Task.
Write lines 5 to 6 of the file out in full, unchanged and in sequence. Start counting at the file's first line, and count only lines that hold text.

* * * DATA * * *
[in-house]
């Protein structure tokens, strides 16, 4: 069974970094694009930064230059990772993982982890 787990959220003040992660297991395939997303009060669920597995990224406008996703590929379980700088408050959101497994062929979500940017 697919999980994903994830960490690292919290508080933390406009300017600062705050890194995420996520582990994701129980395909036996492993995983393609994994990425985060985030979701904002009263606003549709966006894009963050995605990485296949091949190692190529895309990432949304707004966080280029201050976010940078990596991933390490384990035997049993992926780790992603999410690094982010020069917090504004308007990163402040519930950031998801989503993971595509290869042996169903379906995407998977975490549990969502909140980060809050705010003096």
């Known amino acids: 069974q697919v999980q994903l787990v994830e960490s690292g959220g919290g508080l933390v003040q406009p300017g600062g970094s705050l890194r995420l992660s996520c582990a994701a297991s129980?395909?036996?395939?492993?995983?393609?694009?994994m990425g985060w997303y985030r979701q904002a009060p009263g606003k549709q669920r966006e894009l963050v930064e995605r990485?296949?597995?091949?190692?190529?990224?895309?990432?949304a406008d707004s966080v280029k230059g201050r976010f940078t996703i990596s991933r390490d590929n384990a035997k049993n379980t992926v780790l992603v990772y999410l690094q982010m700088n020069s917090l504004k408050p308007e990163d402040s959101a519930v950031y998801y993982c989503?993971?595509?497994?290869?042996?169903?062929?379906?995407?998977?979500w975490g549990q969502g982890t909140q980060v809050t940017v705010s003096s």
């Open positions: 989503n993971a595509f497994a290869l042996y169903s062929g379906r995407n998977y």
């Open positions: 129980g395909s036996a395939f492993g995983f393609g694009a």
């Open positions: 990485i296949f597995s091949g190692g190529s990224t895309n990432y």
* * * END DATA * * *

């Open positions: 129980g395909s036996a395939f492993g995983f393609g694009a």
């Open positions: 990485i296949f597995s091949g190692g190529s990224t895309n990432y």